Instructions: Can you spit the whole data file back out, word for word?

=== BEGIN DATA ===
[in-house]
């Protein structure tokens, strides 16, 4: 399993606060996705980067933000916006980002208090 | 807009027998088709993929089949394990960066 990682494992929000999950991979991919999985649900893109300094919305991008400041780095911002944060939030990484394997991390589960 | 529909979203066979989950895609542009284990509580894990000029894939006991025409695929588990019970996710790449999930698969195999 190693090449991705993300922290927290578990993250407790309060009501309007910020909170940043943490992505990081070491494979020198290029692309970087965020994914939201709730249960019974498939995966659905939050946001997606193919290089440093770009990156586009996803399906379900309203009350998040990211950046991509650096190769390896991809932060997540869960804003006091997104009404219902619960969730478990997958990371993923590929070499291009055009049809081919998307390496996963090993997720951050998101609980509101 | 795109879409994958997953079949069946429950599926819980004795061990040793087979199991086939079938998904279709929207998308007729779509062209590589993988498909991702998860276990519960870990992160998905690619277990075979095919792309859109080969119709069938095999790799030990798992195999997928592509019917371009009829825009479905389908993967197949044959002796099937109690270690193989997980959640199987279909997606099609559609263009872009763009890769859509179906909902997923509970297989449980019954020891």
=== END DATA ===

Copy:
[in-house]
């Protein structure tokens, strides 16, 4: 399993606060996705980067933000916006980002208090 | 807009027998088709993929089949394990960066 990682494992929000999950991979991919999985649900893109300094919305991008400041780095911002944060939030990484394997991390589960 | 529909979203066979989950895609542009284990509580894990000029894939006991025409695929588990019970996710790449999930698969195999 190693090449991705993300922290927290578990993250407790309060009501309007910020909170940043943490992505990081070491494979020198290029692309970087965020994914939201709730249960019974498939995966659905939050946001997606193919290089440093770009990156586009996803399906379900309203009350998040990211950046991509650096190769390896991809932060997540869960804003006091997104009404219902619960969730478990997958990371993923590929070499291009055009049809081919998307390496996963090993997720951050998101609980509101 | 795109879409994958997953079949069946429950599926819980004795061990040793087979199991086939079938998904279709929207998308007729779509062209590589993988498909991702998860276990519960870990992160998905690619277990075979095919792309859109080969119709069938095999790799030990798992195999997928592509019917371009009829825009479905389908993967197949044959002796099937109690270690193989997980959640199987279909997606099609559609263009872009763009890769859509179906909902997923509970297989449980019954020891």